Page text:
Here's our look at the Trump administration and the rest of Washington:
- Hillary Clinton speaks in Washington D.C., criticizes Trump's spending plan
- Former Trump advisor Michael Flynn offers to testify in return for immunity
- Trump threatens to fight his own party's hard-right flank in 2018 elections
- Senate Intelligence Committee vows to follow facts in Trump-Russia probe
- Judge in Hawaii extends order blocking Trump's travel ban
- Ivanka Trump gets formal position in White House
President Trump didn’t repeat his promise to deliver a “terrific” replacement for Obamacare within days Tuesday evening.
But the president did outline a series of “principles” that he said Congress should follow as it repeals the Affordable Care Act and develops an alternative.
Several are staples of conservative thinking on healthcare: restricting medical malpractice suits and allowing more sale of health insurance across state lines.
Neither idea has impressed many healthcare experts, most of whom say the proposals would have relatively little impact on reducing healthcare costs.
But Trump also appears to be staking out positions that may be more consequential.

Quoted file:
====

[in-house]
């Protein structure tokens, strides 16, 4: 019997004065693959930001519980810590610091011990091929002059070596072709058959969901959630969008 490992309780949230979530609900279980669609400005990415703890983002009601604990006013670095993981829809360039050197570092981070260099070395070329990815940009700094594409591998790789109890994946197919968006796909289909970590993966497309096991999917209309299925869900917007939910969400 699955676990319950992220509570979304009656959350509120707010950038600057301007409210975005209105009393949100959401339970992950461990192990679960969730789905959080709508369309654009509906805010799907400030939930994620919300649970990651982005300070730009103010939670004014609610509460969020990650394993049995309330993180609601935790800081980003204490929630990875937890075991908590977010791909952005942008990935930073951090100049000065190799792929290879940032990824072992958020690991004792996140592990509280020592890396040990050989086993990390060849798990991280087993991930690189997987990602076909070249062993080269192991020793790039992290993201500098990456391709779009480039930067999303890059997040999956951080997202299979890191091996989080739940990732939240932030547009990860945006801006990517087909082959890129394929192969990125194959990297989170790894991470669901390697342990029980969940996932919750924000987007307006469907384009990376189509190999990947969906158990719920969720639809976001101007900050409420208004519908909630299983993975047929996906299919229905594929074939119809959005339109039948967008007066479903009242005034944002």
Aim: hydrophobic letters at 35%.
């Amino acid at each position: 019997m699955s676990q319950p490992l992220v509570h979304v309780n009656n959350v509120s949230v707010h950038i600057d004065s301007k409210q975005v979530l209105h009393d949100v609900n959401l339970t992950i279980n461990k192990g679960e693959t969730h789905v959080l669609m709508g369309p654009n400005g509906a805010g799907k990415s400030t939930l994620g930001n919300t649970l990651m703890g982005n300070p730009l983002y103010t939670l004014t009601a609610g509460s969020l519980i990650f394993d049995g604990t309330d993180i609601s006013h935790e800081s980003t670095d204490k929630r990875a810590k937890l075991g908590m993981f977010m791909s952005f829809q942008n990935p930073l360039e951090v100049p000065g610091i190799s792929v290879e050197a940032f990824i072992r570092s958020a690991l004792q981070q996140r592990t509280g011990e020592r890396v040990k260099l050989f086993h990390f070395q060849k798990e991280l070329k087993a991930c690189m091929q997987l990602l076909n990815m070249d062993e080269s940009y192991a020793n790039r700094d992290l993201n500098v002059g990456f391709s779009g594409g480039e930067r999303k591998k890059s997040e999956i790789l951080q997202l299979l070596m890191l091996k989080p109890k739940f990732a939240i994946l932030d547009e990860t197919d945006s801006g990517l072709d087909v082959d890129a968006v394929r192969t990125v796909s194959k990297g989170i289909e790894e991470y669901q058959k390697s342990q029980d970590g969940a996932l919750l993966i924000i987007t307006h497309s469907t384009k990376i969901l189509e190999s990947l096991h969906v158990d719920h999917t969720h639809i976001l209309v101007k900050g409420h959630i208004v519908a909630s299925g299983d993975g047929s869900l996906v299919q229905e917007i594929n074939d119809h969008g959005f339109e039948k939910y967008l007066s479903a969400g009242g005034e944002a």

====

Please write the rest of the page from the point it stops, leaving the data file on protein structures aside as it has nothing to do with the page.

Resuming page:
He said healthcare legislation “should ensure that Americans with preexisting conditions have access to coverage,” a phrase that Republicans have often used to step back from the current law’s guarantee of coverage.
Many conservatives say that the federal government only must guarantee “access,” a distinction that critics note would justify an Obamacare replacement that does not cover as many people as the current law.
The Affordable Care Act has extended coverage to more than 20 million previously uninsured Americans.
Trump also called for tax credits to help Americans buy health coverage. That could put him at odds with conservative Republicans in Congress, who object to the current law’s system of subsidizing millions of Americans’ health insurance.
And the president said the federal government should give states “the resources and flexibility they need with Medicaid to make sure no one is left out.”
With that phrasing, Trump appears to be supporting longtime calls from Republicans for more flexibility to reshape Medicaid, including imposing work requirements and requiring Medicaid patients to pay more for their medical care.
But his reference to “resources” is less clear. Many Republican Medicaid proposals, including ones by House Speaker Paul D. Ryan and Trump’s health secretary, Tom Price, would slash federal support for the program.
Finally, Trump reiterated calls to make prescription drugs more affordable.
But he seemed to suggest the problem could be best addressed by speeding federal regulatory review of new drugs, not negotiating lower prices for seniors on Medicare, as he has proposed in the past.